Dear Friends of Interfaith Outreach,
On April 20, Derek Chauvin, the former Minneapolis police officer responsible for the death of George Floyd, was convicted of murder by a jury of his peers. While the verdict holds Chauvin accountable for his actions, there is still work we need to do within our communities.
In the context of civil rights, Floyd’s killing sparked a broader conversation regarding the inequity of Black people and other people of color around access to food, clothing, housing and employment opportunities. Against this backdrop, Interfaith Outreach’s work has never been more important, our mission more meaningful, our purpose more powerful: Equity in all things for all people. We will allow no one in our communities to be held back or to be held down.
As we work together to transform our communities, the role you play has never been more important. And yet, for many this is an emotional time triggering fear, anger and sadness. Below are resources to support you as you process this challenging moment in calm and peace.
The circumstances of George Floyd’s murder compel us to assert the humanity of our community members who are people of color. The tragic fact that this “opportunity” continues to plague our city and nation does not diminish the urgency of this imperative. We must continue to connect through courageous conversations, focus on solutions, and ignite our community to overcome systemic and individual barriers to improve the quality of life for all of our neighbors.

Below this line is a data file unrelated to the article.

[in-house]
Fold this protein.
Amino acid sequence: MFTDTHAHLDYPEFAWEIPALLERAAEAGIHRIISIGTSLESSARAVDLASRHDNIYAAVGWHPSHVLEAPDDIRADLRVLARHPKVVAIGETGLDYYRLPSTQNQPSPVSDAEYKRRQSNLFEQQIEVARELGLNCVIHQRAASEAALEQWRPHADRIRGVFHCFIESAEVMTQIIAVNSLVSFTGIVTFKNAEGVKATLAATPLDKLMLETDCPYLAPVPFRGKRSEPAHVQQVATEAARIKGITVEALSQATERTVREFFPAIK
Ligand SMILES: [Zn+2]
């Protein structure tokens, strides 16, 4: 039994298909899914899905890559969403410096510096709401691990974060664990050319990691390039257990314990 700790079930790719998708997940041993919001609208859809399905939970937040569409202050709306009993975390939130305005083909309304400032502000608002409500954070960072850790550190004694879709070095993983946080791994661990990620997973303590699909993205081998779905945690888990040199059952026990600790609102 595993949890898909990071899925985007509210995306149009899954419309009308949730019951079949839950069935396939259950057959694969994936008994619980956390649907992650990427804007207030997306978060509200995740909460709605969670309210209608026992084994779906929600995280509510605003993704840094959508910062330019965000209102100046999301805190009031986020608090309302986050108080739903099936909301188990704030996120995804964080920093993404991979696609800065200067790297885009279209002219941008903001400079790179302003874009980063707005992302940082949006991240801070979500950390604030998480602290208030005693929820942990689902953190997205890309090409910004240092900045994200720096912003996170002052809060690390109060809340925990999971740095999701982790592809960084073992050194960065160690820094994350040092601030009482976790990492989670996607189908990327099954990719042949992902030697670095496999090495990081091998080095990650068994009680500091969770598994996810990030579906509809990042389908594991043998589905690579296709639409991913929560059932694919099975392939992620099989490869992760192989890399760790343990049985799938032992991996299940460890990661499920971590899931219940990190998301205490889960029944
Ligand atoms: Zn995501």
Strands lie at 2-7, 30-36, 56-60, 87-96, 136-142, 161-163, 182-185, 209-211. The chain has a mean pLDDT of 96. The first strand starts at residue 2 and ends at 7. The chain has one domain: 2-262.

For the energy and commitment you bring to this shared endeavor, I thank you.
RESOURCES related to the trial
- Self-Care for Activists (Augsburg University’s Center for Wellness and Counseling)—includes links to multiple resources
- Trial Community support (The Legal Rights Center)—includes weekly community restorative processing sessions on Zoom, resources for youth who are processing the trial, and explanations of a criminal trial
- Minnesota Spokesman-Recorder Bulletin: Mental Health Check-in—In the midst of the Derek Chauvin trial, another cop has killed yet another Black man and Black communities are exhausted. Join Dr. Joi Lewis, Sam Simmons, and Catrice Jackson for a mental health check-in. YouTube video (1 hour 10 minutes)
- Stories and Voices from Activists in Atlanta, Washington, D.C., and Minneapolis, November 13th, 2020—University of Minnesota’s Interdisciplinary Collaborative Workshop Program. YouTube video (1 hour 40 minutes)
RESOURCES related to RACIALIZED TRAUMA
- Black Mental Health Resources (SELF Magazine)—People and organizations to follow on social media and directories for Black therapists
- Counter Stories Podcast: We Want Life—As we find ourselves mourning for another unarmed Black man killed by police, the Counter Stories crew reflect on the trauma our communities are experiencing. We’re joined by lawyer and mother Calandra Revering who penned a letter to her son that touched the hearts of all who read it. (44 minutes)
- Healing from Racial Trauma (Augsburg University’s Center for Wellness and Counseling)—includes links to multiple resources
- Racial Stress and Self-Care: Parent Tip Tool (American Psychological Association’s RESilience Initiative)—resource for parents
- Racial Trauma (Mental Health America)—Directories of therapists for various cultural groups
- Coping with Racial Trauma (Workplace Options)—includes links to multiple resources
- Helping Children and Adolescents Cope with Disasters and Other Traumatic Events: What Parents, Rescue Workers, and the Community Can Do (National Institute of Mental Health)
- Racialized Communal Trauma: Prep, Context and Healing Remembrance Utilizing Cultural Somatics & Psychological First Aid (MN Dept of Health and Resmaa Menakem, author of “My Grandmother’s Hands”)—YouTube video (1 hour 8 minutes)
- Talking to Kids About Racism and Violence (Child Mind Institute)—tips and additional resources